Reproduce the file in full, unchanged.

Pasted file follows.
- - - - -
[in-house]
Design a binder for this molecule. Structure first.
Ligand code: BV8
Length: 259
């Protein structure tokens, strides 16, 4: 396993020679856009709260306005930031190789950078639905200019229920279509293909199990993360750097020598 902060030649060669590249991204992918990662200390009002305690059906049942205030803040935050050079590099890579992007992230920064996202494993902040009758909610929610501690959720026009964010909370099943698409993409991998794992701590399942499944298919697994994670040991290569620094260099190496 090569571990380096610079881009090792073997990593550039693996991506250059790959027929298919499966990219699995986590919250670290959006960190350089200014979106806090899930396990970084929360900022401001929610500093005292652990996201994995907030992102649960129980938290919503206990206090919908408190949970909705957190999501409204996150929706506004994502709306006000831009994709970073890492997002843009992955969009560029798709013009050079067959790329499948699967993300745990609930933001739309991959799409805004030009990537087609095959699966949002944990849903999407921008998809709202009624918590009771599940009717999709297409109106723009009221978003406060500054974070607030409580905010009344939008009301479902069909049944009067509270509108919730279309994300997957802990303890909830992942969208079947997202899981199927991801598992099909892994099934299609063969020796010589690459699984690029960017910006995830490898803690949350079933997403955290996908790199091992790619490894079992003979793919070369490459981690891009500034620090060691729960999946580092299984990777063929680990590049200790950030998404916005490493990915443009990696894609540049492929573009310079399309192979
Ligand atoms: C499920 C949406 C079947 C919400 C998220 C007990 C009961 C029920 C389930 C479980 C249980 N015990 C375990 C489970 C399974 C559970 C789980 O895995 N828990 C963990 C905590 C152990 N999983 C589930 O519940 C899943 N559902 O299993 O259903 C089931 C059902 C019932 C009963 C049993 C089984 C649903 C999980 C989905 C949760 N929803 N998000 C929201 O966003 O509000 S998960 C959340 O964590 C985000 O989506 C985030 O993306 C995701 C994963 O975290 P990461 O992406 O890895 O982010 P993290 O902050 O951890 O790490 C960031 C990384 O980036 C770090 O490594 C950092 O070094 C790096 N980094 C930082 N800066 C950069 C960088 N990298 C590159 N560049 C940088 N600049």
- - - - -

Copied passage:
[in-house]
Design a binder for this molecule. Structure first.
Ligand code: BV8
Length: 259
């Protein structure tokens, strides 16, 4: 396993020679856009709260306005930031190789950078639905200019229920279509293909199990993360750097020598 902060030649060669590249991204992918990662200390009002305690059906049942205030803040935050050079590099890579992007992230920064996202494993902040009758909610929610501690959720026009964010909370099943698409993409991998794992701590399942499944298919697994994670040991290569620094260099190496 090569571990380096610079881009090792073997990593550039693996991506250059790959027929298919499966990219699995986590919250670290959006960190350089200014979106806090899930396990970084929360900022401001929610500093005292652990996201994995907030992102649960129980938290919503206990206090919908408190949970909705957190999501409204996150929706506004994502709306006000831009994709970073890492997002843009992955969009560029798709013009050079067959790329499948699967993300745990609930933001739309991959799409805004030009990537087609095959699966949002944990849903999407921008998809709202009624918590009771599940009717999709297409109106723009009221978003406060500054974070607030409580905010009344939008009301479902069909049944009067509270509108919730279309994300997957802990303890909830992942969208079947997202899981199927991801598992099909892994099934299609063969020796010589690459699984690029960017910006995830490898803690949350079933997403955290996908790199091992790619490894079992003979793919070369490459981690891009500034620090060691729960999946580092299984990777063929680990590049200790950030998404916005490493990915443009990696894609540049492929573009310079399309192979
Ligand atoms: C499920 C949406 C079947 C919400 C998220 C007990 C009961 C029920 C389930 C479980 C249980 N015990 C375990 C489970 C399974 C559970 C789980 O895995 N828990 C963990 C905590 C152990 N999983 C589930 O519940 C899943 N559902 O299993 O259903 C089931 C059902 C019932 C009963 C049993 C089984 C649903 C999980 C989905 C949760 N929803 N998000 C929201 O966003 O509000 S998960 C959340 O964590 C985000 O989506 C985030 O993306 C995701 C994963 O975290 P990461 O992406 O890895 O982010 P993290 O902050 O951890 O790490 C960031 C990384 O980036 C770090 O490594 C950092 O070094 C790096 N980094 C930082 N800066 C950069 C960088 N990298 C590159 N560049 C940088 N600049």